Pathology, Skating, Revolt, Emotion, Crash
Every day, The Browser selects and summarises the five best articles from across the web on every imaginable topic. Here, instead we turn our attention to the world of academic writing and have selected five papers from different disciplines worth your attention.
Those without institutional access to some of the publications below might be interested in this additional paper. For previous editions see: Academic
Analysis Of A Building Collapse
Malcolm Hollis | Journal of Building Appraisal | 6 November 2006 | U
Autopsy of a death, but the corpse is a collapsed office block. The paper is an impersonal, technical walkthrough of the forensic process of finding the cause of the cave-in, which occurred in 1995 and killed four. The conclusion: original faults in the construction were ironically worsened by attempts to strengthen the structure to modern construction standards, leading to its disintegration
(6,239 words or DOI: 10.1057/palgrave.jba.2950045)
Bias In Figure Skating Judging
Leanne C. Findlay and Diane M. Ste-Marie | Journal of Sport & Exercise Psychology | 2004 | MP
Figure skating judging is a delicate balance between aesthetic and athletic assessments made at high speed. This study of six experienced Canadian judges — under the old 6.0 system — found that the high cognitive load needed often led them to take mental shortcuts based on the skater's reputation. In short, if the skater was known to the judge, her ordinal ranking and technical score were higher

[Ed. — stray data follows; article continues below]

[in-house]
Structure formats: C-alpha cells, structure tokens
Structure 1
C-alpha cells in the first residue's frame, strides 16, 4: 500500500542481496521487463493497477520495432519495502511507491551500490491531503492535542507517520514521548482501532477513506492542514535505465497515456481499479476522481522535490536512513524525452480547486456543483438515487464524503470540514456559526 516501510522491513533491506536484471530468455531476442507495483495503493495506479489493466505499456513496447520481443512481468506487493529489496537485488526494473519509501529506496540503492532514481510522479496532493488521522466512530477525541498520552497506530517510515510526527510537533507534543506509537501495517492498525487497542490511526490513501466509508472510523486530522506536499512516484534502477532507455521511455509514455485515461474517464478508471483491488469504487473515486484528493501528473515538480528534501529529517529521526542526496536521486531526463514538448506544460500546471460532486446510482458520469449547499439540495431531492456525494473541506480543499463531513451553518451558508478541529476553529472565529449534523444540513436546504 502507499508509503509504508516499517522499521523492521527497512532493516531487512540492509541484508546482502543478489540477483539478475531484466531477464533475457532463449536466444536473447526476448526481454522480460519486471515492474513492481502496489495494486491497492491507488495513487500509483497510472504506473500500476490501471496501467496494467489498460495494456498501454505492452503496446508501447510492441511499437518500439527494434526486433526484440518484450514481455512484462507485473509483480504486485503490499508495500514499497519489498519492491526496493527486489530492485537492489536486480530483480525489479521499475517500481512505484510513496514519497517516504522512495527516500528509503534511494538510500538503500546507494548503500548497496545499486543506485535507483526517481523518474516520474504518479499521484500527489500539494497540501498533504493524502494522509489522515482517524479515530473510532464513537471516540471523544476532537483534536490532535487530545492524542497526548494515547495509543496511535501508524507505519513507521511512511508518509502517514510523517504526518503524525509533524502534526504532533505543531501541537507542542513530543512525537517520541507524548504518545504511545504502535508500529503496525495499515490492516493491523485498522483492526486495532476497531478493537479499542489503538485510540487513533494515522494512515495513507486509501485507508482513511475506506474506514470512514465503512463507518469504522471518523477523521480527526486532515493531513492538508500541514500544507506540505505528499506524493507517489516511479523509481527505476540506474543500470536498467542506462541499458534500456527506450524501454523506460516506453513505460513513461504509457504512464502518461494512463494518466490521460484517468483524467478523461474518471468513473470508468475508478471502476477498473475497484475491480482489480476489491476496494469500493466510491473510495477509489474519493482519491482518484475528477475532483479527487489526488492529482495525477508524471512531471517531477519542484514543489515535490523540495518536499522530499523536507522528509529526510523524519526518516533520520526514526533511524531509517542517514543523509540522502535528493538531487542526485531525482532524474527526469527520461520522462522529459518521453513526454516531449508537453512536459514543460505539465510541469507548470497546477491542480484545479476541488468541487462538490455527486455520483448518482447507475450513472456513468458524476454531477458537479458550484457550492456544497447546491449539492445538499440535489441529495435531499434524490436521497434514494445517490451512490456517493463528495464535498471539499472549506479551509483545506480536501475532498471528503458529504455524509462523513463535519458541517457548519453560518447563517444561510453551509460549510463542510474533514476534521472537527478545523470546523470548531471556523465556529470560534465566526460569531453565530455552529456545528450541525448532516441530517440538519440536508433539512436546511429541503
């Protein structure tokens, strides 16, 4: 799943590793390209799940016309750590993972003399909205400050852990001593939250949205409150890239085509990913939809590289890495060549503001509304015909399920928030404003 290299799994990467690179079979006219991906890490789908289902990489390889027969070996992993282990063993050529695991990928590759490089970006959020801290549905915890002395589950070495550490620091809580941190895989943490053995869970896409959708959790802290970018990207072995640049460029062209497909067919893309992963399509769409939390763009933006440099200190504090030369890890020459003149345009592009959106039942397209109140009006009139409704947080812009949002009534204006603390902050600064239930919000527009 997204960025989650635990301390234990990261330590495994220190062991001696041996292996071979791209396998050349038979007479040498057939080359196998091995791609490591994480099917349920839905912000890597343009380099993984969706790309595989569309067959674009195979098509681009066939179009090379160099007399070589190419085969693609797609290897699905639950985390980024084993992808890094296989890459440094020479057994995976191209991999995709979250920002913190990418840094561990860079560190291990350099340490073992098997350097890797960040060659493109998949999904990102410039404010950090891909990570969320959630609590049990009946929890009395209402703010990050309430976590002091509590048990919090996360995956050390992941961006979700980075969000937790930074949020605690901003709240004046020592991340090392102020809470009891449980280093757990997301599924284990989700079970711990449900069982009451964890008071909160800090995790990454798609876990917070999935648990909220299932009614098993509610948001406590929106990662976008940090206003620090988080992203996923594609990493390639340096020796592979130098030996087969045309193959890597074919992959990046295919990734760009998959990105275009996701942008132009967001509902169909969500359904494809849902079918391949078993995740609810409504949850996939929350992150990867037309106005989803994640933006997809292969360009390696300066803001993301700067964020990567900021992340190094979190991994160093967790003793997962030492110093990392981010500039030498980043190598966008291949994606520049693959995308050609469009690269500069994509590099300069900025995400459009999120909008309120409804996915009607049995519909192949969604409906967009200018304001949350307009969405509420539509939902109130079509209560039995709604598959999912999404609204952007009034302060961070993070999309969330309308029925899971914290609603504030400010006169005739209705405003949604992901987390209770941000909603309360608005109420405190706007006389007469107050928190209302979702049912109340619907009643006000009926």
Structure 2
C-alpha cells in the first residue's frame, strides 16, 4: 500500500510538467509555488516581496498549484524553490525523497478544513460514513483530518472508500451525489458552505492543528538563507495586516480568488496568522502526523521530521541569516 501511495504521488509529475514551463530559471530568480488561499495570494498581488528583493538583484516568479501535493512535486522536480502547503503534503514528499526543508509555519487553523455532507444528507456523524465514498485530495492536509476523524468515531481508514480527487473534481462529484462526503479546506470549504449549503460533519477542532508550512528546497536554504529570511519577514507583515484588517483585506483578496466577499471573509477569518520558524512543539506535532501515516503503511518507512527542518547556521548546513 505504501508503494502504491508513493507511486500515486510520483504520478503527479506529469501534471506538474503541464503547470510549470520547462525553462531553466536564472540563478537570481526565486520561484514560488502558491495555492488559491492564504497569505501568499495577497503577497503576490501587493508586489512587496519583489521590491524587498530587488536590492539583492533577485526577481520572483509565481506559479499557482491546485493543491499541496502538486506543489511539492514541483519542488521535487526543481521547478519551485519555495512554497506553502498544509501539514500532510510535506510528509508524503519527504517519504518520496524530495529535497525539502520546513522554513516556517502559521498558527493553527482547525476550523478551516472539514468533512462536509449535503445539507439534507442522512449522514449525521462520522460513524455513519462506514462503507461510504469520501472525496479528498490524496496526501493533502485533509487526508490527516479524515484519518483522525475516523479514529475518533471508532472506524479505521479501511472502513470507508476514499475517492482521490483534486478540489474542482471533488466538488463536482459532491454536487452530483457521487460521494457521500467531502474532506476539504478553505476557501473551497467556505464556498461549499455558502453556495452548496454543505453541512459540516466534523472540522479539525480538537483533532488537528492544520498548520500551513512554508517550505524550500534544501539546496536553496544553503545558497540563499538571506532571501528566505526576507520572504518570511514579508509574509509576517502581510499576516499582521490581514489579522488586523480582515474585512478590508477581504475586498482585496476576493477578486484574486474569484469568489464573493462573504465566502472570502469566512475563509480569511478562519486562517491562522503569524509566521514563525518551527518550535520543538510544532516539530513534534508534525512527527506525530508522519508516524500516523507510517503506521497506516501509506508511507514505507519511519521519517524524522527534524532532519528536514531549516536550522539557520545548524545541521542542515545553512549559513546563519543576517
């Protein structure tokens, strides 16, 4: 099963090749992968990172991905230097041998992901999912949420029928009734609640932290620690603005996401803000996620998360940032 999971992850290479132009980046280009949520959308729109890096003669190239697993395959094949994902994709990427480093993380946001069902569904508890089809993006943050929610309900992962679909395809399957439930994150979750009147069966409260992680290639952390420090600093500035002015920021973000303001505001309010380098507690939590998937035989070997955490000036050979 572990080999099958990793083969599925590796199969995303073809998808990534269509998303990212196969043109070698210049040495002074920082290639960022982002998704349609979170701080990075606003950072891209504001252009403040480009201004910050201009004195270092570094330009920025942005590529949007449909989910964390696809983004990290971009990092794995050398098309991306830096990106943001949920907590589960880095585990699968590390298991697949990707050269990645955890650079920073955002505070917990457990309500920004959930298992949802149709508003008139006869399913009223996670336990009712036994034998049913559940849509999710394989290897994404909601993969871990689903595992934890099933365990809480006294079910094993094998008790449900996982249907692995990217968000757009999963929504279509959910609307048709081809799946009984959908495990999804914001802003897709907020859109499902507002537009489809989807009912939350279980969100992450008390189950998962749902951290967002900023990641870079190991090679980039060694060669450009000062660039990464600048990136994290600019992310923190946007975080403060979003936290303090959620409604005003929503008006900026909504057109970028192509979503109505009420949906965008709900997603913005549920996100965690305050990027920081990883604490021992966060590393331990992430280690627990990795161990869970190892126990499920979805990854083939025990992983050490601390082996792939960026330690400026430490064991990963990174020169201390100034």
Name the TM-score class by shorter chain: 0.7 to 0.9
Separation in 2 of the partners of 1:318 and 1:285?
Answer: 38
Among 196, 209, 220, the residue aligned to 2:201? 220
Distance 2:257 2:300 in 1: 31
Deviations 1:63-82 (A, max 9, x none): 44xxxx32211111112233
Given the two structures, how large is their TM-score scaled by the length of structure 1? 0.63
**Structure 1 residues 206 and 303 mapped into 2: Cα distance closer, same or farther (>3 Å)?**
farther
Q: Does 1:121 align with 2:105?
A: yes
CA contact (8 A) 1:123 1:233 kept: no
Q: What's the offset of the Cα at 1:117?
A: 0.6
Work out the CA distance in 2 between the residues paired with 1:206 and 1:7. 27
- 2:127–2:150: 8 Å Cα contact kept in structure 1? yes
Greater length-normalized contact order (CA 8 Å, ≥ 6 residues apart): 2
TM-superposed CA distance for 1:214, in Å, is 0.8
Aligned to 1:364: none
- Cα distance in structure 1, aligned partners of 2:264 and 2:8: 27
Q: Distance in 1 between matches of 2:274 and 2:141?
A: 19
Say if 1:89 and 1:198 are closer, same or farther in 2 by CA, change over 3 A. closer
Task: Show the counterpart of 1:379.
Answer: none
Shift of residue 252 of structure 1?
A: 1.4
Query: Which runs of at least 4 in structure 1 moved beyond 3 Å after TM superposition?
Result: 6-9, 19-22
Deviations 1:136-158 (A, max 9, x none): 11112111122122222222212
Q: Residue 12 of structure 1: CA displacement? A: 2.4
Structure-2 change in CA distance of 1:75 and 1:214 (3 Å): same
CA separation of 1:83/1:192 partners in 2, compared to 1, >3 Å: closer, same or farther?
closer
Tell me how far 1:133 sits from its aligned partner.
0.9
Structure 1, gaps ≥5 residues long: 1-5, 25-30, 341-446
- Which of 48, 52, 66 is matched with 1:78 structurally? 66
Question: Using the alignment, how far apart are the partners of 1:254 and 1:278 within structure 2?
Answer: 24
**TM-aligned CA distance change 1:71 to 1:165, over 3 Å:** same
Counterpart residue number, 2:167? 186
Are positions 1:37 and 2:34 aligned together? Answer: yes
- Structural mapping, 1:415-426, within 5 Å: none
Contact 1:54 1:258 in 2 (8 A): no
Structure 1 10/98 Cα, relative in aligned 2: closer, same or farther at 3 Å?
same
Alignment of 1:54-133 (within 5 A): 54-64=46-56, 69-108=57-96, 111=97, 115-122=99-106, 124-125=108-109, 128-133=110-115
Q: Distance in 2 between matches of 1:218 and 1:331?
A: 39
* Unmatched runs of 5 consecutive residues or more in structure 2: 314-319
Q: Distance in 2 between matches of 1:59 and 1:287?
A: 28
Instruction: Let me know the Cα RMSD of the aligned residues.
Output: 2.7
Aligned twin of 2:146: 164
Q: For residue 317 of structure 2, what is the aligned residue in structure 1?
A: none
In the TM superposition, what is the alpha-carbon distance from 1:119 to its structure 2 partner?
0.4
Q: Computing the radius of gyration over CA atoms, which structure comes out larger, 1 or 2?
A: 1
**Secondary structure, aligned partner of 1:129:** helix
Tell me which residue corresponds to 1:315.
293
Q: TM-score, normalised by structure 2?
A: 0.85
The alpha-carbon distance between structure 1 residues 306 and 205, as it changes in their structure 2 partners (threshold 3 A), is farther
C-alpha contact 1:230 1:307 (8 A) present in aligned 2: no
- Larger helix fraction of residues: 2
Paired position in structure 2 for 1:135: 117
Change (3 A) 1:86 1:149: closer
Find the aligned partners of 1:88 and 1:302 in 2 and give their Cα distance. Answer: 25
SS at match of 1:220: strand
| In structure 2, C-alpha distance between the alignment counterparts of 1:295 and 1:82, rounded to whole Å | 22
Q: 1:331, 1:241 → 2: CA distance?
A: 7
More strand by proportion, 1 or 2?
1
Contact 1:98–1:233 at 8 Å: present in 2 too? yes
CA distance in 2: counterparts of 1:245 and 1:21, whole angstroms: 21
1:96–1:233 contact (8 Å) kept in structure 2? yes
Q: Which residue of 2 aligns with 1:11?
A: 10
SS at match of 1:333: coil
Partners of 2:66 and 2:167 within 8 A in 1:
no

(7,221 words or DOI: 10.1123/jsep.26.1.154)
The Emancipation Of America
Jaime E. Rodríguez O. | The American Historical Review | 1 February 2000 | MP
"American Revolution" primarily brings the US to mind, but the settler societies of the western hemisphere each had distinct revolutionary contexts. Spanish America was multi-racial, but unequal; the British were white-only oligarchs; the French Caribbean experienced full-scale slave revolt. These past racial and economic dynamics can be traced in the contours of the present Americas
(10,382 words or DOI: 10.1086/ahr/105.1.131)
Body Maps Of Emotions
Lauri Nummenmaa et al. | PNAS | 27 November 2013 | U
Many emotions are linked with physical feelings in our bodies — hearts pounding, spines shivering, feet freezing. This study had 773 participants from Taiwan, Finland, and Sweden draw body maps of sensations for 13 different emotions. Based on their results, they argue there are "distinct and culturally universal bodily sensations", which has implications for generating consciously felt feelings
(4,926 words or DOI: 10.1073/pnas.1321664111)
Bus Crash Severity
Seyed Alireza Samerei et al. | Journal of Safety Research | February 2021 | U
Buses are involved in only 1% of all road accidents, but their large carrying capacity increases losses. This paper analyses 13 years of data from Victoria, Australia and finds influential factors on severity include day of week, visibility, driver age, type of crash — pedestrian or vehicular — and number of vehicles. The average fatality rate in the dataset was 2.7% with a 34.3% rate of serious injury
(7,911 words or DOI: 10.1016/j.jsr.2020.12.004)
U = Ungated, free. TU = Temporarily ungated. MP = Metered paywall. 3/m = Three free pieces per month. B = Metered paywall can be bypassed using private/incognito browsing. R = Visitors must register to access free articles.
Full details of our shortcodes here.
For more, see: Past Editions of our academic Browser posts; The Reader, our daily commonplace book of clippings and quotations; Notes, our occasional blog; Interviews for our conversations with fascinating figures.
Not yet a subscriber? Every day, The Browser Newsletter sends you five fascinating pieces of writing to surprise and delight you, each one hand-picked and beautifully capsuled by our editors Caroline Crampton and Robert Cottrell. In a world consumed by bots, noise and breaking-news, The Browser gives you carefully-curated writing of lasting value.
Get our recommendations for the five best articles every day: